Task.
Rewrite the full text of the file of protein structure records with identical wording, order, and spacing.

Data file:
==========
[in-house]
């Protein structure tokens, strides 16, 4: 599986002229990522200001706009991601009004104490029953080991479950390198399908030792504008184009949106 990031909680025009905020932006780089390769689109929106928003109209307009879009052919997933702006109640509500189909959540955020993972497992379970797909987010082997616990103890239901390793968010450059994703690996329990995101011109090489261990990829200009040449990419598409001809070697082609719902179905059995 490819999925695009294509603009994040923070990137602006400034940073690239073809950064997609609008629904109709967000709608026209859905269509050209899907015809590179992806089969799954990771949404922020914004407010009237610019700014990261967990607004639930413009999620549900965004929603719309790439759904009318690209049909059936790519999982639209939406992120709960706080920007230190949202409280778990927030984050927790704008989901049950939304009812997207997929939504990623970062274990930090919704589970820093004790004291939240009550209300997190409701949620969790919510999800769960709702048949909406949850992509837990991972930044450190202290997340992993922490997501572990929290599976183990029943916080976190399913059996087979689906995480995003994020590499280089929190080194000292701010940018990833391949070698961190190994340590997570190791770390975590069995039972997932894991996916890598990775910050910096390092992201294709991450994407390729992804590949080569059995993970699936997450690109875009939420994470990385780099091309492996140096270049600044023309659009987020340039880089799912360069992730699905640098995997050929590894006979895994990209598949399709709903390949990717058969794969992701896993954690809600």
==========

[in-house]
């Protein structure tokens, strides 16, 4: 599986002229990522200001706009991601009004104490029953080991479950390198399908030792504008184009949106 990031909680025009905020932006780089390769689109929106928003109209307009879009052919997933702006109640509500189909959540955020993972497992379970797909987010082997616990103890239901390793968010450059994703690996329990995101011109090489261990990829200009040449990419598409001809070697082609719902179905059995 490819999925695009294509603009994040923070990137602006400034940073690239073809950064997609609008629904109709967000709608026209859905269509050209899907015809590179992806089969799954990771949404922020914004407010009237610019700014990261967990607004639930413009999620549900965004929603719309790439759904009318690209049909059936790519999982639209939406992120709960706080920007230190949202409280778990927030984050927790704008989901049950939304009812997207997929939504990623970062274990930090919704589970820093004790004291939240009550209300997190409701949620969790919510999800769960709702048949909406949850992509837990991972930044450190202290997340992993922490997501572990929290599976183990029943916080976190399913059996087979689906995480995003994020590499280089929190080194000292701010940018990833391949070698961190190994340590997570190791770390975590069995039972997932894991996916890598990775910050910096390092992201294709991450994407390729992804590949080569059995993970699936997450690109875009939420994470990385780099091309492996140096270049600044023309659009987020340039880089799912360069992730699905640098995997050929590894006979895994990209598949399709709903390949990717058969794969992701896993954690809600």